The game has multiple modes, including preseason, regular season and Pro Bowl. In regular-season mode, a player controls a team through the entire NFL season. Multiple teams may be controlled. In addition, players can choose three styles of play in any of the game modes: "MAN" (in which the user both calls and runs plays), "COA" (in which the user coaches the team by calling the plays only, with the computer running them) and "COM" (in which the computer handles all aspects of the game, with the user as just a viewer).
In all game modes, unless the user edits the team beforehand (setting plays and starters), the default team depth chart and play selection is used.
In preseason and Pro Bowl modes, statistics are not kept and the computer AI is easier than in season games.
In 1997, both Electronic Gaming Monthly and IGN publications named Tecmo Super Bowl as one of the top 100 video games of all time. IGN ranked Tecmo Super Bowl number 53 in its top 100 NES games of all time. GamesRadar also included it in its list of the best NES games ever made, at number 22). The staff commented that it may be the only football game from the NES still played today. PC Magazine ranked the game number 10 in its list of the ten most-influential video games of all time. ESPN named Tecmo Super Bowl the greatest sports video game of all time.
Tecmo produced several direct sequels to Tecmo Super Bowl as well as other games that had origins in the original Tecmo Bowl engine. 16-bit versions of Tecmo Super Bowl for the Super NES and Genesis systems were released in 1993 (reflecting the rosters and attributes for that season), which fixed many bugs and added some new features. Those new features include: improved game graphics and sound; official NFL team logos in the end zones; user-controlled touchbacks; the ability to control a player to attempt a punt block; the in-game option to change plays in a team's playbook during games; a running back "dive play" option; a designated return team that includes defensive backs; statistical achievements during games; three weather conditions (sunny, rain and snow), which can occur randomly in Season mode. Accelerated fifteen-minute and ten-minute quarters can only be used for Exhibition and Pro Bowl games. The game also provided the ability to play three consecutive seasons (1991–1993). Sequels to these versions, Tecmo Super Bowl II: Special Edition and Tecmo Super Bowl III: Final Edition were released in subsequent years for both the Super NES and Genesis. These were followed by the release of Tecmo Super Bowl for the PlayStation in 1996.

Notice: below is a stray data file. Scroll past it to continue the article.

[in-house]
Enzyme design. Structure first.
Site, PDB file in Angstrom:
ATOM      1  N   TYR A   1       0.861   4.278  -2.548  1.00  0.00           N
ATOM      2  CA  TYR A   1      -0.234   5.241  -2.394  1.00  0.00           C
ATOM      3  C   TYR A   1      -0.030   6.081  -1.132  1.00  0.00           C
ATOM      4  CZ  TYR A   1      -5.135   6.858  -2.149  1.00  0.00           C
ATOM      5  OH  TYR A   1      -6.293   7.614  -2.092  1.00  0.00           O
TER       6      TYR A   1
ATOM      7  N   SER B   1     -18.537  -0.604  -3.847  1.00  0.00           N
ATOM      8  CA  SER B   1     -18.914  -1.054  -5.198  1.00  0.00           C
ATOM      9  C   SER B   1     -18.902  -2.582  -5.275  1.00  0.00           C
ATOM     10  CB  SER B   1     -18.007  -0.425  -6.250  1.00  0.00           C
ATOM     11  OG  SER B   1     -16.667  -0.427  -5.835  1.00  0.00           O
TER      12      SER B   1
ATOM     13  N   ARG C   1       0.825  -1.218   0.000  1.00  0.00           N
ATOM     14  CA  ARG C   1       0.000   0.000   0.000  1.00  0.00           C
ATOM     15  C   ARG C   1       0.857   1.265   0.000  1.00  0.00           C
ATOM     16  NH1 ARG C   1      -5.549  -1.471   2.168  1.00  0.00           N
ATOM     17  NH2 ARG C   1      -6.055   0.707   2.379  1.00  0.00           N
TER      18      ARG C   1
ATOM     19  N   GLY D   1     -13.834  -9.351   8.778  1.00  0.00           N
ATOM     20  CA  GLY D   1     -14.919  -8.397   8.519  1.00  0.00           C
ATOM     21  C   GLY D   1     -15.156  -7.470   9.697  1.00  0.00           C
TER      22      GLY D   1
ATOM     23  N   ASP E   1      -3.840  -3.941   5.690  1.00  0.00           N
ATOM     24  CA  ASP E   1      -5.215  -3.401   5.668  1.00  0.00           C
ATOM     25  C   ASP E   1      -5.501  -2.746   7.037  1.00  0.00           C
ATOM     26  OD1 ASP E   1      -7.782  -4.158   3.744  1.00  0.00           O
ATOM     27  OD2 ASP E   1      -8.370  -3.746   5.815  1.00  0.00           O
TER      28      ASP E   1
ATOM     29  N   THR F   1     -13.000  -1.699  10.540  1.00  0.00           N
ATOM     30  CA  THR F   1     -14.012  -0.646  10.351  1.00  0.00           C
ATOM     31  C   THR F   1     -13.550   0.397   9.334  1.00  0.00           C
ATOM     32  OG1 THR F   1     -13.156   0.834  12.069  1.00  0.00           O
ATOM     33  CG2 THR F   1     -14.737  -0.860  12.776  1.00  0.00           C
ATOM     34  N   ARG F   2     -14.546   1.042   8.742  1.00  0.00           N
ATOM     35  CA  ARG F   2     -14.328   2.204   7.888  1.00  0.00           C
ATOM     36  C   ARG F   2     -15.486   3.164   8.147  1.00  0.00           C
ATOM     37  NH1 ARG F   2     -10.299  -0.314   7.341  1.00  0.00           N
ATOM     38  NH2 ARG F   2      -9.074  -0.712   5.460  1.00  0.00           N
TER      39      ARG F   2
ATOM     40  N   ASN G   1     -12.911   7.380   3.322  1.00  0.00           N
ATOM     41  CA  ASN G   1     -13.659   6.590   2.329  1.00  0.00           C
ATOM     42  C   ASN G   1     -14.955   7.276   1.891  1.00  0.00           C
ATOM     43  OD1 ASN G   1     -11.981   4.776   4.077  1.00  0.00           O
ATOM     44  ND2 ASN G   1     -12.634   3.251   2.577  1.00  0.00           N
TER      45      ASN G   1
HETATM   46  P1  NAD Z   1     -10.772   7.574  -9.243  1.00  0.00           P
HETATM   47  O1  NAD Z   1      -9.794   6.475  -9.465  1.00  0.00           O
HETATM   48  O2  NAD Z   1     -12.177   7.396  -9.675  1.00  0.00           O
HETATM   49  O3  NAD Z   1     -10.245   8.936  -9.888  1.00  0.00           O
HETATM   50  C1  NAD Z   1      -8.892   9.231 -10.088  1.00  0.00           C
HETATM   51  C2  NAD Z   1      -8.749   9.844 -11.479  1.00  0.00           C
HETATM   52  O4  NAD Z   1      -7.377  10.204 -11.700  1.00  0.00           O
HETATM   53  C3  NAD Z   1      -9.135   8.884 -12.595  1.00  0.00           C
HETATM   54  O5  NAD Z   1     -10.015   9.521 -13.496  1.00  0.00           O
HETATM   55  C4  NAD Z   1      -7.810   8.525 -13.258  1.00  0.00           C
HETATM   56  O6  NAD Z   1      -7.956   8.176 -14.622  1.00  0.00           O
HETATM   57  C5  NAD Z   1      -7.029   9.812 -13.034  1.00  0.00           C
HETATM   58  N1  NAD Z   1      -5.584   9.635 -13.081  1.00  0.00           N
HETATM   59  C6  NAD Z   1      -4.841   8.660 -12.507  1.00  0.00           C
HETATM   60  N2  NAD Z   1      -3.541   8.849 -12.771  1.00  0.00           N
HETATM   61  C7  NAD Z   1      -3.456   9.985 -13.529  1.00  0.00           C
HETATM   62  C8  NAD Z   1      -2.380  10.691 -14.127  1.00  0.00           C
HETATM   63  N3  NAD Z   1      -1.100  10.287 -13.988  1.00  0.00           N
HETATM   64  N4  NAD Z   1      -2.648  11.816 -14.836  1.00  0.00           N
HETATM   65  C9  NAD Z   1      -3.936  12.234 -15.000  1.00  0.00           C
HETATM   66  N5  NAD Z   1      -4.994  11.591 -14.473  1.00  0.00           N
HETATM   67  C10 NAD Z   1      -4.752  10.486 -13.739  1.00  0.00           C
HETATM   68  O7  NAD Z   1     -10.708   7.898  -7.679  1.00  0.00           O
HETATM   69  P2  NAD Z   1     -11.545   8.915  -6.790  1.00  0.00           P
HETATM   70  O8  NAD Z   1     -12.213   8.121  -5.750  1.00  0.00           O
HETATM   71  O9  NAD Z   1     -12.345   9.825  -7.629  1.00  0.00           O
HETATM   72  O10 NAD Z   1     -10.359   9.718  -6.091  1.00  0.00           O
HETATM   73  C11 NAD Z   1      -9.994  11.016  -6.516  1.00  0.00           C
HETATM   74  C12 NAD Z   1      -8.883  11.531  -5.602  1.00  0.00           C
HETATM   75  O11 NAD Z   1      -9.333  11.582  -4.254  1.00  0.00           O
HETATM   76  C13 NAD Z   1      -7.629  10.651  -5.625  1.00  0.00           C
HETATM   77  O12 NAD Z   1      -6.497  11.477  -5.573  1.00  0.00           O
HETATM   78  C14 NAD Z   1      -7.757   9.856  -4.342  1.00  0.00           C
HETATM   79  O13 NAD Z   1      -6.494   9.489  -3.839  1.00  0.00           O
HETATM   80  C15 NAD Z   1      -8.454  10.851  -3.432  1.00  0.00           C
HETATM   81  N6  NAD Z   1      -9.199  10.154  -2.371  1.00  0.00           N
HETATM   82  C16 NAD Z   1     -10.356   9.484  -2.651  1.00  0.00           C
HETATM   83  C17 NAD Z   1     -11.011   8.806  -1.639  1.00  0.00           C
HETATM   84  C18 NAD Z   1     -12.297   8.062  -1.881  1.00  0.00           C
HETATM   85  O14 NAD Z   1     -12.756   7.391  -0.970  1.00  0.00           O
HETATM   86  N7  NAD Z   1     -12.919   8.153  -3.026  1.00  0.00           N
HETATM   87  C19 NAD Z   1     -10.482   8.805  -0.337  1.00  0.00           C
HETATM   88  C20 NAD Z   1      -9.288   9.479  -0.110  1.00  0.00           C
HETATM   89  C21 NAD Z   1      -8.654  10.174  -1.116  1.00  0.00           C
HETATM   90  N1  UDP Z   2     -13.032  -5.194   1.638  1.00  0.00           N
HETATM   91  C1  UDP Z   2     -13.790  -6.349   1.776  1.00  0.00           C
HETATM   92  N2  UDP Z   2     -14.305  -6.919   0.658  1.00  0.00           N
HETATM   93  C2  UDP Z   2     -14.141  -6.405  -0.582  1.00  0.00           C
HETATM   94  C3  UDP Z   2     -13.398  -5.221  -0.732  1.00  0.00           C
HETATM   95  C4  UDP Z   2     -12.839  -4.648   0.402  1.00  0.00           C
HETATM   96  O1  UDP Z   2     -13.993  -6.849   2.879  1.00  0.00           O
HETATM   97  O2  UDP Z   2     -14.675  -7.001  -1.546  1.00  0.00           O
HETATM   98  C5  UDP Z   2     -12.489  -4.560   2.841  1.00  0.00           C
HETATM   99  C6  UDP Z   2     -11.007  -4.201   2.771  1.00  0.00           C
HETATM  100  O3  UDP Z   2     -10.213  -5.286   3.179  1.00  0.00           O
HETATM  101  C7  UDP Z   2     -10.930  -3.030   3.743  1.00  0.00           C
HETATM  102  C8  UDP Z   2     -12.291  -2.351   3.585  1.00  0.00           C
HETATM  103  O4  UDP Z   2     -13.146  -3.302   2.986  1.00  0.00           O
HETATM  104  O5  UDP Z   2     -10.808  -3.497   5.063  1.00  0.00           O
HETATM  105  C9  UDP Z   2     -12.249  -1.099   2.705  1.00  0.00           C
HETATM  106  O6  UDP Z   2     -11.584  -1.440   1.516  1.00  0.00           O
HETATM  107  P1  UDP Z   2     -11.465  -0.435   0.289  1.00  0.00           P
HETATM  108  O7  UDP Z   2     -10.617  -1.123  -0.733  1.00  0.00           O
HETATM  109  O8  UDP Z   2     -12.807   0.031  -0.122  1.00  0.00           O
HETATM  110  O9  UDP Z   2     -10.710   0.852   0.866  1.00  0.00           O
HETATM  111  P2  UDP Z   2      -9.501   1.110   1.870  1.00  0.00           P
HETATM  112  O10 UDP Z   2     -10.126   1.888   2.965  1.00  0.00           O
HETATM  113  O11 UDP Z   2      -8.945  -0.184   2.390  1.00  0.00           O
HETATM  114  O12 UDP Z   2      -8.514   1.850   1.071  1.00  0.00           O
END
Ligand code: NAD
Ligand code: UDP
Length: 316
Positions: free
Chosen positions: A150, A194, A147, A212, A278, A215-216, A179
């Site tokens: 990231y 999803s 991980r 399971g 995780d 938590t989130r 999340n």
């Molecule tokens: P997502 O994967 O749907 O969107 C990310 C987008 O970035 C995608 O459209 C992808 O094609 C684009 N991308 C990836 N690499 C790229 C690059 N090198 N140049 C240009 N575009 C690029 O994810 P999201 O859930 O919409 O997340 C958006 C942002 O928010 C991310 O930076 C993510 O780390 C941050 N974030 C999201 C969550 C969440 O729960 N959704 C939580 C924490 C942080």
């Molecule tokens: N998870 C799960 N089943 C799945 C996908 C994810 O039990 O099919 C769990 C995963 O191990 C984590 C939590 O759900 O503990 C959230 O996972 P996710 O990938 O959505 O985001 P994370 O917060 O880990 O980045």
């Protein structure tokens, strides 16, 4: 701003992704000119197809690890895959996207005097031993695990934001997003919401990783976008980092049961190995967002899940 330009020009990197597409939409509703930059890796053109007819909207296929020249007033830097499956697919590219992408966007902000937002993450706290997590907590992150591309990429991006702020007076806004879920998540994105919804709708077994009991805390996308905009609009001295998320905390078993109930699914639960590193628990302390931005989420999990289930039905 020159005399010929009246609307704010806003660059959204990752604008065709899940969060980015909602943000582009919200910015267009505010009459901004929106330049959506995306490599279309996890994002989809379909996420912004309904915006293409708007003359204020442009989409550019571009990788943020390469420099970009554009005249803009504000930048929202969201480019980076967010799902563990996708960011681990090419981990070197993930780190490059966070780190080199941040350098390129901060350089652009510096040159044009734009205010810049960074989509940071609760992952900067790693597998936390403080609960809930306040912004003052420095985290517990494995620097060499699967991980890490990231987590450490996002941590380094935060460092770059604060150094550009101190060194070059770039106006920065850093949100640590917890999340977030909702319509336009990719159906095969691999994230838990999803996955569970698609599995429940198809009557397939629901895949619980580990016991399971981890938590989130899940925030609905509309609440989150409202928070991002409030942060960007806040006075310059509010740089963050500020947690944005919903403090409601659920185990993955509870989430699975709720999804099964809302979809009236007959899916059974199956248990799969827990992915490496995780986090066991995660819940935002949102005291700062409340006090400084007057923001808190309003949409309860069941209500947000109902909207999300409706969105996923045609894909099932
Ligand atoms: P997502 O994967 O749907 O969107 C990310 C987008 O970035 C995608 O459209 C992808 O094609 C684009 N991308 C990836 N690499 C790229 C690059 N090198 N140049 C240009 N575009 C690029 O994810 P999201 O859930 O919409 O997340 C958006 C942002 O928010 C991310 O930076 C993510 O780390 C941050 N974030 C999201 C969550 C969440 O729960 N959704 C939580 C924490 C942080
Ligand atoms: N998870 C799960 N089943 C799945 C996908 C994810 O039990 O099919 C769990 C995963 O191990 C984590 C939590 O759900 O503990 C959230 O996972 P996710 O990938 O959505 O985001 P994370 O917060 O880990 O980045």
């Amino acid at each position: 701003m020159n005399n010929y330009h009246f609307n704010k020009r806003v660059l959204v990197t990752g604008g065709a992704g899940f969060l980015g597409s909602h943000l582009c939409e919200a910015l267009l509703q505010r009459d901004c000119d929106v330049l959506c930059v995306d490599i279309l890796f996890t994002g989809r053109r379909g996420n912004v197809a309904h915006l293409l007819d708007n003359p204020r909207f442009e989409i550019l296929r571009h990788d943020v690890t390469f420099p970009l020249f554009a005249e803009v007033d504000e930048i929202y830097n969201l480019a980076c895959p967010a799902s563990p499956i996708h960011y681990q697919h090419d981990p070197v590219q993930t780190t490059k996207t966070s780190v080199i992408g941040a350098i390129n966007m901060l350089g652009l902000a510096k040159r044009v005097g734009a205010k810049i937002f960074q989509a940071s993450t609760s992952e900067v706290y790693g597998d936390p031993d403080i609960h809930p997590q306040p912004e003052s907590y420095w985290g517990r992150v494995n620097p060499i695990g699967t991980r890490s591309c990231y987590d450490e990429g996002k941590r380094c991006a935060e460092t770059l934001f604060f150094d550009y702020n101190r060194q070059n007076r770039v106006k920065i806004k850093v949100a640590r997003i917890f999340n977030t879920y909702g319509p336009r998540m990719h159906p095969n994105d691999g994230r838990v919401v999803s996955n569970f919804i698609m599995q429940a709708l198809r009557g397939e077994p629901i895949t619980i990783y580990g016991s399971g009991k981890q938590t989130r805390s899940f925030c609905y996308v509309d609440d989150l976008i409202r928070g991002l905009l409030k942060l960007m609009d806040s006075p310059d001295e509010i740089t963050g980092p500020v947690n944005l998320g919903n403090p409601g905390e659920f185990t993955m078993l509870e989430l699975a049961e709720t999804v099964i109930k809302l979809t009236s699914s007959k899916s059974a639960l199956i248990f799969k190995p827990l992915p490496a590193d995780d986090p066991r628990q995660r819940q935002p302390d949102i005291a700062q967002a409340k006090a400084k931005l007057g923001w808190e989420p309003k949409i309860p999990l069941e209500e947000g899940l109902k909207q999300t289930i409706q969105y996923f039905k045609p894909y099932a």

Tecmo Super Bowl for the PlayStation sported new features such as a new player editor which gave the user the freedom to make unlimited amounts of unrestricted trades, change jersey numbers, edit names, modify player attributes and swap player portraits. A play-by-play announcer can be heard during games. Now offenses had to pick a formation before selecting a particular play. Also new to the game were alternate camera angles, instant replay and the option to adjust AI difficulty in regular season games. As with all previous versions, penalties were excluded. A Sega Saturn version was also in development, but was never released. The PlayStation game was the last entry in the series to have the NFL and NFLPA licenses, and reflected the rosters and attributes of the 1996 season. Subsequent entries, such as 2008's Tecmo Bowl: Kickoff for the Nintendo DS, and 2010's Tecmo Bowl Throwback for the Xbox 360 and PS3 feature generic players and teams, due to Electronic Arts obtaining the exclusive NFL and NFLPA licenses in 2004 for the Madden NFL series.